Power of the Word III
Women: Navigating Presence and Absence
A group of women wandered the Islamic East Gallery of Museum to answer a question: Where are women in the gallery and in which ways do they exist here? Later they researched objects, recovering and reimagining their life stories to prepare new narratives for a small exhibition. Here, we share their process in a podcast accompanied by a gallery of objects, below.
Power of the Word
These women are part of Power of the Word, a participatory curatorial project involving Arabic, Persian, Turkish and Portuguese speakers who live in Lisbon and join curatorial and educational staff and guest researchers to study the Middle East Collection.
This project seeks to reimagine the museum by bringing fresh perspectives to its ‘Islamic’ objects through vibrant, contemporary interpretations which affirm intangible culture. Each project leads to an installation in the gallery, but every journey is unique, intentionally experimenting and pushing boundaries with different methods of participation, collaboration, investigation and display.
The power of storytelling
This time Power of the Word is a space of reflection and encounter with the life stories of women who inhabit objects in the Collection, originating from Egypt to India and from the twelfth century to today.
In this podcast, we reflect upon the following questions:
Can we look at the objects in the gallery as storytelling devices? Can we re-imagine them as artistic-life-stories of the women who created them or had a role in their existence? How much can they tell us about our own lives?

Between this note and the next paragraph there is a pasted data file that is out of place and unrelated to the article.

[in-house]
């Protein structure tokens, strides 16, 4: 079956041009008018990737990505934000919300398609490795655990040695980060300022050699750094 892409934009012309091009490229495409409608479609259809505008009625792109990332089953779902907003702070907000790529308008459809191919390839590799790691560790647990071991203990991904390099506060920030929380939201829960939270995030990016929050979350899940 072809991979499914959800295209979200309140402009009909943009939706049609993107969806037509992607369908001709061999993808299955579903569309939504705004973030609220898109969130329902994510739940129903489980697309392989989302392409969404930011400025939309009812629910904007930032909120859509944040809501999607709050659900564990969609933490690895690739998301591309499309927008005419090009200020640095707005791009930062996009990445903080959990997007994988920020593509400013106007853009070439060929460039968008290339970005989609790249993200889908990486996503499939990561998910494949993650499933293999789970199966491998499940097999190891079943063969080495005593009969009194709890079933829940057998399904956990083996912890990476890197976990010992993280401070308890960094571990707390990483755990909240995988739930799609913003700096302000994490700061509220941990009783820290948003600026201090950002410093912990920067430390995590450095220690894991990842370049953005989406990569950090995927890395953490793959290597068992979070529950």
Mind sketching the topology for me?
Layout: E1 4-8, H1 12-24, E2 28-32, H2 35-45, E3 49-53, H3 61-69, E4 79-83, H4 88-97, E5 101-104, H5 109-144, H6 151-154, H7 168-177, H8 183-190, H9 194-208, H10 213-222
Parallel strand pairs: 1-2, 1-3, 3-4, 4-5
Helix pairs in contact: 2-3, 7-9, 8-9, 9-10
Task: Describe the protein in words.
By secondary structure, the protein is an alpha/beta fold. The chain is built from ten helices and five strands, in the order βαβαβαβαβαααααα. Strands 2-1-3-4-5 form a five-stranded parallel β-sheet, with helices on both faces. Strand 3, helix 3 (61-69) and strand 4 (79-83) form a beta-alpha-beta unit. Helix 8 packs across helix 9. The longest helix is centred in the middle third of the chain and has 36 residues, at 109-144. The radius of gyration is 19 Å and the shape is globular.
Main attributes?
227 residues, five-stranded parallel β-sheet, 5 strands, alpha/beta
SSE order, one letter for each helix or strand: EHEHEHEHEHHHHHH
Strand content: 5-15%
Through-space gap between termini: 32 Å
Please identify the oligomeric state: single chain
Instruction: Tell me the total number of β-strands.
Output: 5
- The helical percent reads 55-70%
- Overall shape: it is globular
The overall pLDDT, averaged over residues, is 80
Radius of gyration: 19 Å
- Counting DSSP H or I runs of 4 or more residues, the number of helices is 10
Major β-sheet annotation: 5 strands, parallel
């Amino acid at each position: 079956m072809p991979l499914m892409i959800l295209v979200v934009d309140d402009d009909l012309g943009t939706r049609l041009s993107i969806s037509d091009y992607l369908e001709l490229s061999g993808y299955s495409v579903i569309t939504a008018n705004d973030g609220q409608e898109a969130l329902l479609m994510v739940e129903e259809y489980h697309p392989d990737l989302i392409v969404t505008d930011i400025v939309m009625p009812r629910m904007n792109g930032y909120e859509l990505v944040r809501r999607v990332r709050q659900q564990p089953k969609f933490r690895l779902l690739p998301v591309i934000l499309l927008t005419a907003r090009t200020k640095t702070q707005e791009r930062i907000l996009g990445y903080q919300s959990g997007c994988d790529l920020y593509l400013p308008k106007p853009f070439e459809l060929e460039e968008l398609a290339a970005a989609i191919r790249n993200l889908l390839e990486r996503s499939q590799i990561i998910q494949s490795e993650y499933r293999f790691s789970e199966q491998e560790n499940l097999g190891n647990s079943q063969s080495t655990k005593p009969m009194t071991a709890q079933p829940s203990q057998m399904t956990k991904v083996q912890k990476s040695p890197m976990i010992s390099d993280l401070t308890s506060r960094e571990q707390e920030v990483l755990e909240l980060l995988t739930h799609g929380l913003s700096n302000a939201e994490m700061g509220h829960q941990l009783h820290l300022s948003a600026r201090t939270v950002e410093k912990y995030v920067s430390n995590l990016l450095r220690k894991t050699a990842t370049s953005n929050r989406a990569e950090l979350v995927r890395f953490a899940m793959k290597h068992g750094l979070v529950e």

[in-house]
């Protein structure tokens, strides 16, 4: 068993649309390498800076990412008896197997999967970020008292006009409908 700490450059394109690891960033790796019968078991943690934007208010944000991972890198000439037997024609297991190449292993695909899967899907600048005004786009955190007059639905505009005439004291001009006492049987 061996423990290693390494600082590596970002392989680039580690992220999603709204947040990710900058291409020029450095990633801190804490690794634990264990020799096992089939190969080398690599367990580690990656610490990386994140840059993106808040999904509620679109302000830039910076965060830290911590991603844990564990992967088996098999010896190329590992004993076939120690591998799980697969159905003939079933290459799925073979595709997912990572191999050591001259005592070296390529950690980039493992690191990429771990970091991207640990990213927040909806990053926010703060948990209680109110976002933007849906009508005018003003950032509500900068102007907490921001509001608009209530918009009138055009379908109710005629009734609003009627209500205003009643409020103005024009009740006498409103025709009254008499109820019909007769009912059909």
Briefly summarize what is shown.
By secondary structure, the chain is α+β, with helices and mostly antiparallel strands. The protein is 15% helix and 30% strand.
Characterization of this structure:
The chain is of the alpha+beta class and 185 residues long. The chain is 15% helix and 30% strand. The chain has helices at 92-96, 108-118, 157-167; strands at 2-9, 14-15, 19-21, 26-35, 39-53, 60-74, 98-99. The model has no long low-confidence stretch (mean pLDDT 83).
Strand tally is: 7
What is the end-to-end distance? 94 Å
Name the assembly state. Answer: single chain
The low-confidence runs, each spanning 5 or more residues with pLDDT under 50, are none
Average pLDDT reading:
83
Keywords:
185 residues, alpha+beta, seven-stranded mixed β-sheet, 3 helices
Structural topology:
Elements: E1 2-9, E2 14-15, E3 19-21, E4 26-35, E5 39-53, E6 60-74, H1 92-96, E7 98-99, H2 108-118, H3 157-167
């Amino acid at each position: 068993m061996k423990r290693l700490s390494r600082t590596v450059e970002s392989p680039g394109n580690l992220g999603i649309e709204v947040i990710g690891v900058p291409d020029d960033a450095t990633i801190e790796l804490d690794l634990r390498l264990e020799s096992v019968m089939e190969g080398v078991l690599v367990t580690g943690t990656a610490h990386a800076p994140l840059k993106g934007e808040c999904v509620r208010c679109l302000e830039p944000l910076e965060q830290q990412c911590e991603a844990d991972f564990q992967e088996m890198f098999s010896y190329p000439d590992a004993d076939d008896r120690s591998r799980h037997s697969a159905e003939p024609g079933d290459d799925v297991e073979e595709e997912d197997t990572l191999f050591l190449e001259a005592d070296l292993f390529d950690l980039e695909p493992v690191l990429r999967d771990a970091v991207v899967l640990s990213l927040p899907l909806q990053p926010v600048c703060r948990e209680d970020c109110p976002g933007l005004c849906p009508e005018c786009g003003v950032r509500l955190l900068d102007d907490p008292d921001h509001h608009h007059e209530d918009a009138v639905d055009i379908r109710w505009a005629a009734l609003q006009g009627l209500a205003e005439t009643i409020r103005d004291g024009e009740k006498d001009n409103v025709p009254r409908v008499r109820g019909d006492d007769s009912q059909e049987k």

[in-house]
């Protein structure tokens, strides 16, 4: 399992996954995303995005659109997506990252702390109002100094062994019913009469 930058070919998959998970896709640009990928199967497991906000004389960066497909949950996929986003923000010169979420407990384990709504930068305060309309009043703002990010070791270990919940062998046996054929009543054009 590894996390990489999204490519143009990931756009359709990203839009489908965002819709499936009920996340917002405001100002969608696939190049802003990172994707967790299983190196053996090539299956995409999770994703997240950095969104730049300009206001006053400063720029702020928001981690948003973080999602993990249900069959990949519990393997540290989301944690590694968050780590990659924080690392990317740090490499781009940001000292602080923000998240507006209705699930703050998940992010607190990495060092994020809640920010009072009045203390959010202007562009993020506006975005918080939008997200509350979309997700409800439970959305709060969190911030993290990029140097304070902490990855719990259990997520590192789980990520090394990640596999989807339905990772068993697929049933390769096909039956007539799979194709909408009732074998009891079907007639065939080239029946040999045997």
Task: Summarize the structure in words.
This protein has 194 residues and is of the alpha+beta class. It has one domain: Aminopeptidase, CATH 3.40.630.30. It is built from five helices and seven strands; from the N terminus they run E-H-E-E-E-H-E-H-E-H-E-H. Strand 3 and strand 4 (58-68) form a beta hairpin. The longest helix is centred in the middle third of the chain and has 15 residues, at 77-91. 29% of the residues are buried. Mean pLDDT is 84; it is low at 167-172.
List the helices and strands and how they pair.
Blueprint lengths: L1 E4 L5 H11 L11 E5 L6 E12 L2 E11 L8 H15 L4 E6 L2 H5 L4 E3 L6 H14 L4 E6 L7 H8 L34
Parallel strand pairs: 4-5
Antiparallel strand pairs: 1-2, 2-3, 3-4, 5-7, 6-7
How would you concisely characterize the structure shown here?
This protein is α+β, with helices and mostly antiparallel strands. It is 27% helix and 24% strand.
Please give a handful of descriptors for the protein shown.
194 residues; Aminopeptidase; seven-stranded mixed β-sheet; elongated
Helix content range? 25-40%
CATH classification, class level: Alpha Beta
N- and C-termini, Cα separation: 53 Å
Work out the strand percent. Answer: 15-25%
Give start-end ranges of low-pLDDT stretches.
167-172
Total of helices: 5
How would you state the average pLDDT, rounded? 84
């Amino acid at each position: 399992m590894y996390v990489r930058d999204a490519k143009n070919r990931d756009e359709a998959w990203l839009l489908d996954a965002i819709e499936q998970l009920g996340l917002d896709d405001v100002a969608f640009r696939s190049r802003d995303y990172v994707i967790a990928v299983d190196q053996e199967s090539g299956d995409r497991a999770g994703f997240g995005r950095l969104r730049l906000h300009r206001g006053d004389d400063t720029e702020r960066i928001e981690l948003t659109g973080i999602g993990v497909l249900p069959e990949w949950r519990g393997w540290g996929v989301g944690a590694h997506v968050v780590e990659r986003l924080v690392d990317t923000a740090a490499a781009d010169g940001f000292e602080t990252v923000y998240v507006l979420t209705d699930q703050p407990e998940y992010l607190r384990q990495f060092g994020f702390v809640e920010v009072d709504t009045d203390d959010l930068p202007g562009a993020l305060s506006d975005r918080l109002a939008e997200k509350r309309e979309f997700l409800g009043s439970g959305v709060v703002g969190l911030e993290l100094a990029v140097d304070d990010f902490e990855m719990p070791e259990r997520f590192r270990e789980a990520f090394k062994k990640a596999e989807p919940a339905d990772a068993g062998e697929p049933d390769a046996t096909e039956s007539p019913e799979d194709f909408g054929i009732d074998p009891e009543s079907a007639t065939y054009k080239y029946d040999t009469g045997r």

We begin with our first visit to the Gallery in search of women and end with our latest workshop joining personal objects and narratives with museum objects. Our conversation is in English as this is the lingua franca of the group.
One Object, Multiple Voices
In this gallery of 24 images, you can follow our stories as we ‘recover and (re)imagine’ eight objects from the Collection. Each object speaks in three voices: firstly, one from the point of view of the woman participant, then from the curators, and finally from the object itself, in imaginary voices to experiment with other options to the conventional academic museum label.
To explore the eight objects and their multiple voices, click on the gallery of images below:
The voices of the project
Guest curator: Shahd Wadi, Researcher in Feminist Studies
Coordination (Calouste Gulbenkian Foundation): Jessica Hallett (Curator of the Middle East); Diana Pereira and Susana Gomes da Silva (Education Department)
Collaboration: Faranaz Keshavjee, Researcher in Islamic Studies; Joana Simões Piedade, Human rights advocate and educator: Leylâ Gediz, Artist; Merve Pakyürek, Cultural Programmer; Özge Topçu, Artist; Rasha Salah, Curator; Sarah Nagaty, PhD student in Cultural Studies; Solmaz Nazari, Degree in Islamic Law
Special thanks to Clara Serra, Curator of Textiles, Calouste Gulbenkian Museum